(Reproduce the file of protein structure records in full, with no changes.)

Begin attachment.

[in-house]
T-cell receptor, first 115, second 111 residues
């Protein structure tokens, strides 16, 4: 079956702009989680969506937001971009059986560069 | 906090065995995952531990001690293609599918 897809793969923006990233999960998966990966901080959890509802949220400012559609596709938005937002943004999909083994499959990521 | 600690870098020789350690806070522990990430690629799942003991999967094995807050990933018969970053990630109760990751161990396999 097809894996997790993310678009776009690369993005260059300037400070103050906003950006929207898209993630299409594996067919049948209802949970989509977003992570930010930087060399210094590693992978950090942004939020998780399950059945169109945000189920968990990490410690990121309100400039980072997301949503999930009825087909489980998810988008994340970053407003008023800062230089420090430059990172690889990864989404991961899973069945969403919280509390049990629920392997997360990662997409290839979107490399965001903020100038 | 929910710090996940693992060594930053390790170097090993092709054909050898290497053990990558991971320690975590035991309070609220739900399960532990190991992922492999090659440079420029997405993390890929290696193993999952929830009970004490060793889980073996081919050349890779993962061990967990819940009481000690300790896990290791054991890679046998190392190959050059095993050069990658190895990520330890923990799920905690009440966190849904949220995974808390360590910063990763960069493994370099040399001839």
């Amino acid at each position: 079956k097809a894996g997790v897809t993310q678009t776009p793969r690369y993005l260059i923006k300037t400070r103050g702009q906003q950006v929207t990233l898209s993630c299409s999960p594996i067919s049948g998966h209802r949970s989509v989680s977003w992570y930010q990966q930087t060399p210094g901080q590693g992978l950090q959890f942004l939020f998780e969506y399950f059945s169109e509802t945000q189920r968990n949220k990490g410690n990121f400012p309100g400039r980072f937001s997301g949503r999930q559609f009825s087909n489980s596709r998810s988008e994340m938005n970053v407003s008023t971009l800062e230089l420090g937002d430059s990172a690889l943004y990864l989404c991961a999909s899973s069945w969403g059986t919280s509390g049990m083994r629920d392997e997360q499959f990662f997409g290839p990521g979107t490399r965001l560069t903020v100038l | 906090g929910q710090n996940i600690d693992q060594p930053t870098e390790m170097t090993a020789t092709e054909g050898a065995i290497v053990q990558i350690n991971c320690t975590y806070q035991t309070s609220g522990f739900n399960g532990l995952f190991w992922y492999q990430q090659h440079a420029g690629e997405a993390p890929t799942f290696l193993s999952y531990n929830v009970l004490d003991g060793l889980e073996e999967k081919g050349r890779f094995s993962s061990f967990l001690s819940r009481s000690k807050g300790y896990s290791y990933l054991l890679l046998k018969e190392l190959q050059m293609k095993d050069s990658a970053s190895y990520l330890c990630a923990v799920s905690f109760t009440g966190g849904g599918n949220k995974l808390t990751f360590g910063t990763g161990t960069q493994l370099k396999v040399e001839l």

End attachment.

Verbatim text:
[in-house]
T-cell receptor, first 115, second 111 residues
């Protein structure tokens, strides 16, 4: 079956702009989680969506937001971009059986560069 | 906090065995995952531990001690293609599918 897809793969923006990233999960998966990966901080959890509802949220400012559609596709938005937002943004999909083994499959990521 | 600690870098020789350690806070522990990430690629799942003991999967094995807050990933018969970053990630109760990751161990396999 097809894996997790993310678009776009690369993005260059300037400070103050906003950006929207898209993630299409594996067919049948209802949970989509977003992570930010930087060399210094590693992978950090942004939020998780399950059945169109945000189920968990990490410690990121309100400039980072997301949503999930009825087909489980998810988008994340970053407003008023800062230089420090430059990172690889990864989404991961899973069945969403919280509390049990629920392997997360990662997409290839979107490399965001903020100038 | 929910710090996940693992060594930053390790170097090993092709054909050898290497053990990558991971320690975590035991309070609220739900399960532990190991992922492999090659440079420029997405993390890929290696193993999952929830009970004490060793889980073996081919050349890779993962061990967990819940009481000690300790896990290791054991890679046998190392190959050059095993050069990658190895990520330890923990799920905690009440966190849904949220995974808390360590910063990763960069493994370099040399001839």
């Amino acid at each position: 079956k097809a894996g997790v897809t993310q678009t776009p793969r690369y993005l260059i923006k300037t400070r103050g702009q906003q950006v929207t990233l898209s993630c299409s999960p594996i067919s049948g998966h209802r949970s989509v989680s977003w992570y930010q990966q930087t060399p210094g901080q590693g992978l950090q959890f942004l939020f998780e969506y399950f059945s169109e509802t945000q189920r968990n949220k990490g410690n990121f400012p309100g400039r980072f937001s997301g949503r999930q559609f009825s087909n489980s596709r998810s988008e994340m938005n970053v407003s008023t971009l800062e230089l420090g937002d430059s990172a690889l943004y990864l989404c991961a999909s899973s069945w969403g059986t919280s509390g049990m083994r629920d392997e997360q499959f990662f997409g290839p990521g979107t490399r965001l560069t903020v100038l | 906090g929910q710090n996940i600690d693992q060594p930053t870098e390790m170097t090993a020789t092709e054909g050898a065995i290497v053990q990558i350690n991971c320690t975590y806070q035991t309070s609220g522990f739900n399960g532990l995952f190991w992922y492999q990430q090659h440079a420029g690629e997405a993390p890929t799942f290696l193993s999952y531990n929830v009970l004490d003991g060793l889980e073996e999967k081919g050349r890779f094995s993962s061990f967990l001690s819940r009481s000690k807050g300790y896990s290791y990933l054991l890679l046998k018969e190392l190959q050059m293609k095993d050069s990658a970053s190895y990520l330890c990630a923990v799920s905690f109760t009440g966190g849904g599918n949220k995974l808390t990751f360590g910063t990763g161990t960069q493994l370099k396999v040399e001839l």